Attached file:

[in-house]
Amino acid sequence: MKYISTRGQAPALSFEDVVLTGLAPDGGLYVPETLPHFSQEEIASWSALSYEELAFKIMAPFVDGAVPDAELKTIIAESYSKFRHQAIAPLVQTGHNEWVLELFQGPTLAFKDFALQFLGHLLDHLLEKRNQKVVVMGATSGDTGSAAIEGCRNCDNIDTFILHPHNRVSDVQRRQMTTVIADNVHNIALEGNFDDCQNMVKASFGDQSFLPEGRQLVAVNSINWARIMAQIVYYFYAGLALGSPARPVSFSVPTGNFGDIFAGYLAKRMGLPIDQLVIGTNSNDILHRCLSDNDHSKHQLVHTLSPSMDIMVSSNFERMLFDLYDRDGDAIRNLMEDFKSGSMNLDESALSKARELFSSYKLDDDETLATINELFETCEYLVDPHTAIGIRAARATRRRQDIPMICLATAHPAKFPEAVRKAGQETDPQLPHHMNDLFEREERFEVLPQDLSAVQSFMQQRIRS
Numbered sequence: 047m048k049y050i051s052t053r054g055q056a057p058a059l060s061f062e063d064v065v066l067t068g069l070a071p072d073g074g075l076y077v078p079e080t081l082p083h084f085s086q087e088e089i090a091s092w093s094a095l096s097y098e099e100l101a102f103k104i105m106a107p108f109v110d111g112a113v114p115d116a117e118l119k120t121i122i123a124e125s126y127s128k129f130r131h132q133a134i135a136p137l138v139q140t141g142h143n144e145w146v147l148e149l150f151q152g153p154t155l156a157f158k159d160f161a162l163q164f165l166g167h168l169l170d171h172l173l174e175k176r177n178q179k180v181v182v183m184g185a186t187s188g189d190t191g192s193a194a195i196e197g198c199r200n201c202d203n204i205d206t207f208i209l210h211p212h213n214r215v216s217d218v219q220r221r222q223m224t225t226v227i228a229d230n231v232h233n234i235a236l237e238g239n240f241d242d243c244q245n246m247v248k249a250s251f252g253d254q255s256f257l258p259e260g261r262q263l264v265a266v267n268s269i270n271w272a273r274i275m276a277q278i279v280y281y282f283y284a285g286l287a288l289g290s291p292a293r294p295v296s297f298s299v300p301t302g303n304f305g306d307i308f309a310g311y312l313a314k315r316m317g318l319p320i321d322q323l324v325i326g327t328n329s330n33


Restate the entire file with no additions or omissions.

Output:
[in-house]
Amino acid sequence: MKYISTRGQAPALSFEDVVLTGLAPDGGLYVPETLPHFSQEEIASWSALSYEELAFKIMAPFVDGAVPDAELKTIIAESYSKFRHQAIAPLVQTGHNEWVLELFQGPTLAFKDFALQFLGHLLDHLLEKRNQKVVVMGATSGDTGSAAIEGCRNCDNIDTFILHPHNRVSDVQRRQMTTVIADNVHNIALEGNFDDCQNMVKASFGDQSFLPEGRQLVAVNSINWARIMAQIVYYFYAGLALGSPARPVSFSVPTGNFGDIFAGYLAKRMGLPIDQLVIGTNSNDILHRCLSDNDHSKHQLVHTLSPSMDIMVSSNFERMLFDLYDRDGDAIRNLMEDFKSGSMNLDESALSKARELFSSYKLDDDETLATINELFETCEYLVDPHTAIGIRAARATRRRQDIPMICLATAHPAKFPEAVRKAGQETDPQLPHHMNDLFEREERFEVLPQDLSAVQSFMQQRIRS
Numbered sequence: 047m048k049y050i051s052t053r054g055q056a057p058a059l060s061f062e063d064v065v066l067t068g069l070a071p072d073g074g075l076y077v078p079e080t081l082p083h084f085s086q087e088e089i090a091s092w093s094a095l096s097y098e099e100l101a102f103k104i105m106a107p108f109v110d111g112a113v114p115d116a117e118l119k120t121i122i123a124e125s126y127s128k129f130r131h132q133a134i135a136p137l138v139q140t141g142h143n144e145w146v147l148e149l150f151q152g153p154t155l156a157f158k159d160f161a162l163q164f165l166g167h168l169l170d171h172l173l174e175k176r177n178q179k180v181v182v183m184g185a186t187s188g189d190t191g192s193a194a195i196e197g198c199r200n201c202d203n204i205d206t207f208i209l210h211p212h213n214r215v216s217d218v219q220r221r222q223m224t225t226v227i228a229d230n231v232h233n234i235a236l237e238g239n240f241d242d243c244q245n246m247v248k249a250s251f252g253d254q255s256f257l258p259e260g261r262q263l264v265a266v267n268s269i270n271w272a273r274i275m276a277q278i279v280y281y282f283y284a285g286l287a288l289g290s291p292a293r294p295v296s297f298s299v300p301t302g303n304f305g306d307i308f309a310g311y312l313a314k315r316m317g318l319p320i321d322q323l324v325i326g327t328n329s330n33